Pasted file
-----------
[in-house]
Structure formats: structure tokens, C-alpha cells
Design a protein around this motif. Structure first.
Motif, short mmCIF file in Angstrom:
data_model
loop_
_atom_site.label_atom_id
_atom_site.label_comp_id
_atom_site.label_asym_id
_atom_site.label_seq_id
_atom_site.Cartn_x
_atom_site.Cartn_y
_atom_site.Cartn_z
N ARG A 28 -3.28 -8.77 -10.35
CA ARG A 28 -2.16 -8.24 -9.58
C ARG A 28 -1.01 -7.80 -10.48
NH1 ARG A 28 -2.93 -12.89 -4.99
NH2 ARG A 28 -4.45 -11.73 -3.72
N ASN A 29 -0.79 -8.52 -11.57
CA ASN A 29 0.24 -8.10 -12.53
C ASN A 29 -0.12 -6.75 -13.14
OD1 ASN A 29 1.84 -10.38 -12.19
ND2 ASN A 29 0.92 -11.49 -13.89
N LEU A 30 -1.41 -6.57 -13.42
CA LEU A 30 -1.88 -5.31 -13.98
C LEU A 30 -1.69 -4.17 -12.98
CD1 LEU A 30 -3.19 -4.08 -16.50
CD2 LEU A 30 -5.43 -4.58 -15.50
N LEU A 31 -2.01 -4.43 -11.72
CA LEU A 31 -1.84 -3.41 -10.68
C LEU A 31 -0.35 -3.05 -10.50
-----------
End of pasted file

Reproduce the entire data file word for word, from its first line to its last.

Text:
[in-house]
Structure formats: structure tokens, C-alpha cells
Design a protein around this motif. Structure first.
Motif, short mmCIF file in Angstrom:
data_model
loop_
_atom_site.label_atom_id
_atom_site.label_comp_id
_atom_site.label_asym_id
_atom_site.label_seq_id
_atom_site.Cartn_x
_atom_site.Cartn_y
_atom_site.Cartn_z
N ARG A 28 -3.28 -8.77 -10.35
CA ARG A 28 -2.16 -8.24 -9.58
C ARG A 28 -1.01 -7.80 -10.48
NH1 ARG A 28 -2.93 -12.89 -4.99
NH2 ARG A 28 -4.45 -11.73 -3.72
N ASN A 29 -0.79 -8.52 -11.57
CA ASN A 29 0.24 -8.10 -12.53
C ASN A 29 -0.12 -6.75 -13.14
OD1 ASN A 29 1.84 -10.38 -12.19
ND2 ASN A 29 0.92 -11.49 -13.89
N LEU A 30 -1.41 -6.57 -13.42
CA LEU A 30 -1.88 -5.31 -13.98
C LEU A 30 -1.69 -4.17 -12.98
CD1 LEU A 30 -3.19 -4.08 -16.50
CD2 LEU A 30 -5.43 -4.58 -15.50
N LEU A 31 -2.01 -4.43 -11.72
CA LEU A 31 -1.84 -3.41 -10.68
C LEU A 31 -0.35 -3.05 -10.50